The human tragedy and the hope behind Ghana’s historic decision

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A visit to the wards of Princess Marie Louise Children’s hospital in Accra quickly answers the question why Ghana’s health ministry took the extraordinary decision to introduce pneumococcal and rotavirus vaccines simultaneously.  

24 April 2012

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Priscilla Bonia comforts her 18-month-old son Desmond Ohene Akonor, admitted to Accra’s children’s hospital with broncho-pneumonia. The 74-bed hospital loses one child per day to pneumonia.

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Isiah Anane, just nine-months-old, breathes oxygen to help her laboured breathing.   Pneumonia with diarrhoea is the leading cause of child death both in Ghana and across the world.


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Emma Agbesi’s second son – a “beautiful, fat, fair baby” as she describes him – died two years ago after failing to fight off the pneumonia that took over his lungs. “He had a fever and he couldn’t breathe properly,” she recalls.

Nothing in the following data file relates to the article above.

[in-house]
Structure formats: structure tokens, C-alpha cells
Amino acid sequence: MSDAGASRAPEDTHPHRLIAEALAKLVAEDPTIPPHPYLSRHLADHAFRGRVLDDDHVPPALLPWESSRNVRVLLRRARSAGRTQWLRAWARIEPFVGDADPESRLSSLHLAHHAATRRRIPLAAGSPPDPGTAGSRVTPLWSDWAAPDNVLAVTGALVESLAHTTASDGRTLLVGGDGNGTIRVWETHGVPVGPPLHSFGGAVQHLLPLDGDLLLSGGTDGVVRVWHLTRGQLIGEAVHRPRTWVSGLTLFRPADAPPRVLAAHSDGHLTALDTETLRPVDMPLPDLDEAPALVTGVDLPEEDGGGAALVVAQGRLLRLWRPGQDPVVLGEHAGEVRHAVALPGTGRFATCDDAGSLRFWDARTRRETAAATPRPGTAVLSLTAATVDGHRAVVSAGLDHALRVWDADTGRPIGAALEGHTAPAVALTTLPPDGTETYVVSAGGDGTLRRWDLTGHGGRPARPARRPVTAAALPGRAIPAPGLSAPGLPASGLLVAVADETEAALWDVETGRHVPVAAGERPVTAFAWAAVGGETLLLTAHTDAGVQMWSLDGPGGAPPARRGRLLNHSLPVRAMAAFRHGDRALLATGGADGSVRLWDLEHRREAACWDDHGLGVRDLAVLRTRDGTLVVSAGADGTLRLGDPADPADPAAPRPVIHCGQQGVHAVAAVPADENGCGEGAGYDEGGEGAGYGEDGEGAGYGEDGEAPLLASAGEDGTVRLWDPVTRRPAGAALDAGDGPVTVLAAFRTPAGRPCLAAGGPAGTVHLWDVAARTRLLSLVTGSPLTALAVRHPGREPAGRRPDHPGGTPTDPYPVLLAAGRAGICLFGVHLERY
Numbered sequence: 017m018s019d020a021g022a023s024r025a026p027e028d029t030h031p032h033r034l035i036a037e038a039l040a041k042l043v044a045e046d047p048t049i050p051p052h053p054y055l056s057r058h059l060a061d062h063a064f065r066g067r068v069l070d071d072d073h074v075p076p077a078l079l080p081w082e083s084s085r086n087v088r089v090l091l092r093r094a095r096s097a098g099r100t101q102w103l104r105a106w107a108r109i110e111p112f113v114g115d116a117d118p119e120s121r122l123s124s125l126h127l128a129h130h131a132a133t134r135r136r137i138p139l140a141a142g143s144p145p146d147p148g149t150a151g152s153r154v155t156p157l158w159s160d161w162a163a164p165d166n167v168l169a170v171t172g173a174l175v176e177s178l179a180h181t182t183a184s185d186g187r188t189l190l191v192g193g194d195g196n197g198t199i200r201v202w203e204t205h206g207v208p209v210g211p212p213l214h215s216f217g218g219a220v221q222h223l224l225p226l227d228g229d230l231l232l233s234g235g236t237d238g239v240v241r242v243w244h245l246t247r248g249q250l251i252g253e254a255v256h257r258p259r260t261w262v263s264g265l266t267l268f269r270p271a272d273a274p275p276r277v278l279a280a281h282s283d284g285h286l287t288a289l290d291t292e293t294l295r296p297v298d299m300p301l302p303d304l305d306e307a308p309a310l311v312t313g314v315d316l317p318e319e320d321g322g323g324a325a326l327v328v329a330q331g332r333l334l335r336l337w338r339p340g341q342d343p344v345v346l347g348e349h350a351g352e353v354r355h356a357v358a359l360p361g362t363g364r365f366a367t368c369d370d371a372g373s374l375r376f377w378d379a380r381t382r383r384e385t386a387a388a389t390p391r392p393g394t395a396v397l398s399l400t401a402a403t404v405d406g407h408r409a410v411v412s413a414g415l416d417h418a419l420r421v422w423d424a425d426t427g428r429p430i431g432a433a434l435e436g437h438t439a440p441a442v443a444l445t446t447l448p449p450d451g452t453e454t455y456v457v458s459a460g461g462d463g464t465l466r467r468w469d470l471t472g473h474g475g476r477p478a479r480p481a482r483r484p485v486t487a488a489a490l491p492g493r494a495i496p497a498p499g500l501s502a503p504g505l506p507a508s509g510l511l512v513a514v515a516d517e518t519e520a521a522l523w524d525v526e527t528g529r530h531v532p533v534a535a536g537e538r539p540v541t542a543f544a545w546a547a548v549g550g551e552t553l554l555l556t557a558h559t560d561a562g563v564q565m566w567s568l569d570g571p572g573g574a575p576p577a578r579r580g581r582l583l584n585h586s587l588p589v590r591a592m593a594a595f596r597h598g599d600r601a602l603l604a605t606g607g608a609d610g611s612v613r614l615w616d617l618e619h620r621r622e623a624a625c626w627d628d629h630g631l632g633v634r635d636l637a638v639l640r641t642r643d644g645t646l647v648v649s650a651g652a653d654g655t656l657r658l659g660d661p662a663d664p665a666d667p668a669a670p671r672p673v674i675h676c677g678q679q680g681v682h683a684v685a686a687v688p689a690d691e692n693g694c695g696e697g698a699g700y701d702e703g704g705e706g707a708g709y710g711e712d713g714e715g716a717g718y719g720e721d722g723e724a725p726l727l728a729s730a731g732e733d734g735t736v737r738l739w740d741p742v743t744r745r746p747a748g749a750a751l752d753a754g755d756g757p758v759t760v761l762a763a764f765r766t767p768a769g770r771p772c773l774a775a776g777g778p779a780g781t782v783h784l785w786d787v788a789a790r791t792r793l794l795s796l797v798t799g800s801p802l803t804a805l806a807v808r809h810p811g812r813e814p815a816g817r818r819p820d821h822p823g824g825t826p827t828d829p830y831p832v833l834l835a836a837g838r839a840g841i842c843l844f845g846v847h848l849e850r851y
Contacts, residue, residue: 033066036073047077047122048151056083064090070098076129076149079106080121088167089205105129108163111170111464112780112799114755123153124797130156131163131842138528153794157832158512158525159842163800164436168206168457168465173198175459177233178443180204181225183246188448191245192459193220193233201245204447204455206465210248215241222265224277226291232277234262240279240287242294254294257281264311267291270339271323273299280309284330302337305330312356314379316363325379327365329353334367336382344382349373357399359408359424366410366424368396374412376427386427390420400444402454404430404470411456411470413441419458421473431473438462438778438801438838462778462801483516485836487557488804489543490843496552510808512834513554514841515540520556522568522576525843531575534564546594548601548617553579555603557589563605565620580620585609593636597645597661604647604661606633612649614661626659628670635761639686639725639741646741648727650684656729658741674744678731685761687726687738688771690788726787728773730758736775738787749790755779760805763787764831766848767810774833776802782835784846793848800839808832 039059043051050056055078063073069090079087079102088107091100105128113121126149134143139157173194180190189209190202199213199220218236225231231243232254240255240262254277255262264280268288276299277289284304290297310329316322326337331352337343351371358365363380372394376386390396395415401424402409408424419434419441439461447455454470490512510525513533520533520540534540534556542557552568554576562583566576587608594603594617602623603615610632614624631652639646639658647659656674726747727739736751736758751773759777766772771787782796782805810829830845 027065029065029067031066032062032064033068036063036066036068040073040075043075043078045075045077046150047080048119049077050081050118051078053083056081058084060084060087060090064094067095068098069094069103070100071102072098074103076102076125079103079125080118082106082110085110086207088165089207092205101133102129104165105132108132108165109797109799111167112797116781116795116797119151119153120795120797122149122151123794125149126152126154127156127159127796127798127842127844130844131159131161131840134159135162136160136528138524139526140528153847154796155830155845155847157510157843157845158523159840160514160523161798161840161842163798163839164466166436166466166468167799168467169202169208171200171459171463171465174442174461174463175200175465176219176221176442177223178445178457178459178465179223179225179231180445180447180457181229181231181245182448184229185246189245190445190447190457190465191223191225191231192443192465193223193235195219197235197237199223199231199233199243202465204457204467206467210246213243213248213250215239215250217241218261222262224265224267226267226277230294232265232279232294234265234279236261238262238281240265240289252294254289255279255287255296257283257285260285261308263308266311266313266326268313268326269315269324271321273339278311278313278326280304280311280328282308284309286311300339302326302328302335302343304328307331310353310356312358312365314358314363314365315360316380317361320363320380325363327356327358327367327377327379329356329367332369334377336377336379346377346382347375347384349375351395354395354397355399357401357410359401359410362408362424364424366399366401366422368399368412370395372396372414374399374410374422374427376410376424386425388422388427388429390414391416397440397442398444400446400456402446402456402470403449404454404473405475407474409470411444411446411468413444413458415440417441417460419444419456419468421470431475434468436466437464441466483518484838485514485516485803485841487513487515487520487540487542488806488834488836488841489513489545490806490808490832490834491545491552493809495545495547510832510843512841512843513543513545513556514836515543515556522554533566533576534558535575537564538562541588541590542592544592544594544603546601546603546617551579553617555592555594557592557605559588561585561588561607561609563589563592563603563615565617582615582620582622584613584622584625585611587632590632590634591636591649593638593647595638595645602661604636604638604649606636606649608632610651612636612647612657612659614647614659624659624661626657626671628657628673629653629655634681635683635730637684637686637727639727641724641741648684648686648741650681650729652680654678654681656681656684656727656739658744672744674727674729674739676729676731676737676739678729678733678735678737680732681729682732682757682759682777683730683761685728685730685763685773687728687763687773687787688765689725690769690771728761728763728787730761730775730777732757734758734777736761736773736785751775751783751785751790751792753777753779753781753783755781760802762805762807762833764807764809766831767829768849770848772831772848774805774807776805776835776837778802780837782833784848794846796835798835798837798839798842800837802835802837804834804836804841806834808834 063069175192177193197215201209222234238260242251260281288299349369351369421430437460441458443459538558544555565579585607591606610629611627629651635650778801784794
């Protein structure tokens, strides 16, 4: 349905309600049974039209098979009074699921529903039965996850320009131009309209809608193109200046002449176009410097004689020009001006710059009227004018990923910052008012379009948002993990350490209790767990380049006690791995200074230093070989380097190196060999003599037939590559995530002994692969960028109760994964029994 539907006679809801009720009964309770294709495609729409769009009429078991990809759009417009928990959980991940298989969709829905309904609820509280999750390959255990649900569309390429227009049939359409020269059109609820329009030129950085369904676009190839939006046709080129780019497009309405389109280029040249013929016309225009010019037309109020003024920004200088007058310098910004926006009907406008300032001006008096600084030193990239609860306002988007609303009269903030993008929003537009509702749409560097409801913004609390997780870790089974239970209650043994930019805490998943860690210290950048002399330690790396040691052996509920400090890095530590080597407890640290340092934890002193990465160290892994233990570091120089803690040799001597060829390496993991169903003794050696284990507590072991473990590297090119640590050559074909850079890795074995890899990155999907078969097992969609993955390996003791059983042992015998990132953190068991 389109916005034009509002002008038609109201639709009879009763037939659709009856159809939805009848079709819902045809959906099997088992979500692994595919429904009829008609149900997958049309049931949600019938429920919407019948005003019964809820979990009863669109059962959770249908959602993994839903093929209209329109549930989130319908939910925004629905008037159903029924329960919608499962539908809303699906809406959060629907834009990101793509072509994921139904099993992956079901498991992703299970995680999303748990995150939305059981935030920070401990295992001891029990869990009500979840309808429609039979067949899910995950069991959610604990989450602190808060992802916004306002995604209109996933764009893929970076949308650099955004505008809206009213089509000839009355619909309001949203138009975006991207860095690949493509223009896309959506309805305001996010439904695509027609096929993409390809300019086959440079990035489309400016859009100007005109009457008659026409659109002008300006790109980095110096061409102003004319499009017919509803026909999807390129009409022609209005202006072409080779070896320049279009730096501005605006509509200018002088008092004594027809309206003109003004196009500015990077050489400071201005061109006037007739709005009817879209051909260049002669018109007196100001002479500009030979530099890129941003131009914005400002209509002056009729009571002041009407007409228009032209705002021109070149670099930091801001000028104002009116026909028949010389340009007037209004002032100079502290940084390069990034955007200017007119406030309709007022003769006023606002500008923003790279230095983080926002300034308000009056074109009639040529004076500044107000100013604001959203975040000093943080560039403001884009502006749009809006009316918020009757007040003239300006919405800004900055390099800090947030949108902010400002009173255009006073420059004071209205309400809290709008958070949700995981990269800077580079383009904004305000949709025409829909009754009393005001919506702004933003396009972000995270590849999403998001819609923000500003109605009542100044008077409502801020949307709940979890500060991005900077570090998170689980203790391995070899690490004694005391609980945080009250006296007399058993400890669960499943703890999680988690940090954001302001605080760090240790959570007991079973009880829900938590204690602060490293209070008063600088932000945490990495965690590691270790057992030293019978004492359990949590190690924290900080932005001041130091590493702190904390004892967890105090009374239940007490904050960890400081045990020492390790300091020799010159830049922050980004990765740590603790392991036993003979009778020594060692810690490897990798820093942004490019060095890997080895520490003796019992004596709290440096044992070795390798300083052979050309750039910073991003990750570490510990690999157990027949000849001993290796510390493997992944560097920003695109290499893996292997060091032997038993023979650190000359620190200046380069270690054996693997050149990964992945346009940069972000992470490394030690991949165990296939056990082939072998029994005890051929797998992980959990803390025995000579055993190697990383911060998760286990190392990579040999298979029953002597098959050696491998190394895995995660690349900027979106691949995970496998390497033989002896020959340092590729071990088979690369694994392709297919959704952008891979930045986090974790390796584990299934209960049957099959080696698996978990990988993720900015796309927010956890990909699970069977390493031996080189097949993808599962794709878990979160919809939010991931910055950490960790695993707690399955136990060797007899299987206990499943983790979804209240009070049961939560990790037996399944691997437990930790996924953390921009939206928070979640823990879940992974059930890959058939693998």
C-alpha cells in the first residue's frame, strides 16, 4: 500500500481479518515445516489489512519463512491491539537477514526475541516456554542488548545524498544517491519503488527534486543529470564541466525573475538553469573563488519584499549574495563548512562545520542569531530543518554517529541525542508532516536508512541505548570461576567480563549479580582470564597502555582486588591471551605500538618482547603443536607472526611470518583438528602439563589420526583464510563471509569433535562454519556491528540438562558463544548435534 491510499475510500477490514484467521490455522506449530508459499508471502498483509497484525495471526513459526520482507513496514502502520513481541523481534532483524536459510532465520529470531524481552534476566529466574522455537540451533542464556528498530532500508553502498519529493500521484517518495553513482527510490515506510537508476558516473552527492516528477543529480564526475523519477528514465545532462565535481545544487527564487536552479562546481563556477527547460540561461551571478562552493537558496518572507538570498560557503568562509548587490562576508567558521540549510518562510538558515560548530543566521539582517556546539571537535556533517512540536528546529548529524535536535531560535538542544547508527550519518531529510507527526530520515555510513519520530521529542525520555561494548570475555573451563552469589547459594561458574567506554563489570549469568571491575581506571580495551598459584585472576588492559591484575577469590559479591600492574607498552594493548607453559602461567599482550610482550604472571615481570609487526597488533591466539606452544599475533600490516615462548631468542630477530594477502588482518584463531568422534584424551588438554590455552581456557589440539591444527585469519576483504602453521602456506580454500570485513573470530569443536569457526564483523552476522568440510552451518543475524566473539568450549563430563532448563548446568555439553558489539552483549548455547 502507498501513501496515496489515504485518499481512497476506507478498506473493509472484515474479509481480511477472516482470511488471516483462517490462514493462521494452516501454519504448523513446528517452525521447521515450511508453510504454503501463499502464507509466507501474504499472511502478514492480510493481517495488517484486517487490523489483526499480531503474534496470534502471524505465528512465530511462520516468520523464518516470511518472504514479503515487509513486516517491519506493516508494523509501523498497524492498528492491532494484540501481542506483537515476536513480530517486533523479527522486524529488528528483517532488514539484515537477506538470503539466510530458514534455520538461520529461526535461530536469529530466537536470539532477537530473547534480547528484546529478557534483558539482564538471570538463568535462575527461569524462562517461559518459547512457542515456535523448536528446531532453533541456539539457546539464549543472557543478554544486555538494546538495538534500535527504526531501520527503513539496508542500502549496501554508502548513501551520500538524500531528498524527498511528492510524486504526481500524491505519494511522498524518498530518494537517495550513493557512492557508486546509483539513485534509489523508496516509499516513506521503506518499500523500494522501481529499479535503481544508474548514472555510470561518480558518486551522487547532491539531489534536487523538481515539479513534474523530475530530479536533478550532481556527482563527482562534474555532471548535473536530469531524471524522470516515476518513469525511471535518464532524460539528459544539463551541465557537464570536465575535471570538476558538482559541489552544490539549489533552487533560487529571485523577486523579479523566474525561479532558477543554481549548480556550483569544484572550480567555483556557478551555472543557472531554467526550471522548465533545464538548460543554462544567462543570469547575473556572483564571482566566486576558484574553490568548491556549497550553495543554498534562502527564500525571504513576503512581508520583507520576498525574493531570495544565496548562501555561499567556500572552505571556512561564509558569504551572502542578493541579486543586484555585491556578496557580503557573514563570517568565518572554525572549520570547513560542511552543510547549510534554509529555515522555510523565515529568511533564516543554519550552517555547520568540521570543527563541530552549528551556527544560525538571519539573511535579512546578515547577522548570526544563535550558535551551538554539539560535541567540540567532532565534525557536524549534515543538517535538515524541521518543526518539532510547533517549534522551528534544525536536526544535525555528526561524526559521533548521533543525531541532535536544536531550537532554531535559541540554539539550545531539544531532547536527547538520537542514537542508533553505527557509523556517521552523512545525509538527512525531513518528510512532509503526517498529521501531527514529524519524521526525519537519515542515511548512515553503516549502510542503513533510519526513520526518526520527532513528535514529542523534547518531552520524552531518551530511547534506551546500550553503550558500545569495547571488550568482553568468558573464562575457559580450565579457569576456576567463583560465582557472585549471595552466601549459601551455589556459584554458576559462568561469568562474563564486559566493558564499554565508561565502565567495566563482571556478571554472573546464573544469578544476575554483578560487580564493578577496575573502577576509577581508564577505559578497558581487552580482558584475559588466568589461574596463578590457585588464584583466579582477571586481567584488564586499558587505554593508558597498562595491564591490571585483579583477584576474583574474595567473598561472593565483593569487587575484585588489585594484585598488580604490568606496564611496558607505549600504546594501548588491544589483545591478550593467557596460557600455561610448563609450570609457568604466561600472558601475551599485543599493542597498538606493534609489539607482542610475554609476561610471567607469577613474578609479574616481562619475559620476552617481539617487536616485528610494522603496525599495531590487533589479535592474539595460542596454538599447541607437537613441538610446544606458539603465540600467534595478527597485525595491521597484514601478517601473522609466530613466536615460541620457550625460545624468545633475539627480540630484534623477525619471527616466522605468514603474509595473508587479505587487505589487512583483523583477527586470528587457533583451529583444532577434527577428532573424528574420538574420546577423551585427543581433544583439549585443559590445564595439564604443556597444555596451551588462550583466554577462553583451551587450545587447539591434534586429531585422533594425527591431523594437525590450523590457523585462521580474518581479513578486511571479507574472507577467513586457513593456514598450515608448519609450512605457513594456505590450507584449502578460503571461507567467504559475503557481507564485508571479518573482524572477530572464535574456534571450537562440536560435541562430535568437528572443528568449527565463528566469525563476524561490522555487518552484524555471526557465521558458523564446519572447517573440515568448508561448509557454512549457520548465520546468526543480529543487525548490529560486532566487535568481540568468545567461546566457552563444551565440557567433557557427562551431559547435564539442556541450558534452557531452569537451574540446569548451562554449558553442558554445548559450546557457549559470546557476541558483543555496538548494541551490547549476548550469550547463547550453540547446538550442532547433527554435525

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With Isacc’s temperature rising and his lungs struggling, staff at the local health clinic told Emma to take him to the hospital. Doctors did their best but it was too late. “When he died it was so painful. He was beautiful boy,” says Emma.

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Hassana Ousmane can only wait as her 21-month-old daughter Zeinab battles against the twin perils of malaria and diarrhoea. 75% of deaths in the hospital’s emergency room in March were from diarrhoeal diseases and respiratory infections like pneumonia.

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By introducing pneumococcal (left) and rotavirus (right) vaccines, Ghana will protect its under-5’s against the main causes of pneumonia and diarrhoea respectively.  These illnesses accounted for 20% of the 54,000 children who died before their 5th birthday in 2008.

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 From 26 April, pneumococcal and rotavirus will become routine vaccines on Ghanian childrens’ immunisation cards. The International Vaccine Access Center estimates this will prevent over 14,000 child deaths and 1.4m cases of meningitis, pneumonia and diarrhoea.

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 The value of the vaccines stretches beyond health benefits. It will also reduce the burden of disease on Ghana’s long-term development.  Healthier children go to school regularly and are more likely to be economically productive.

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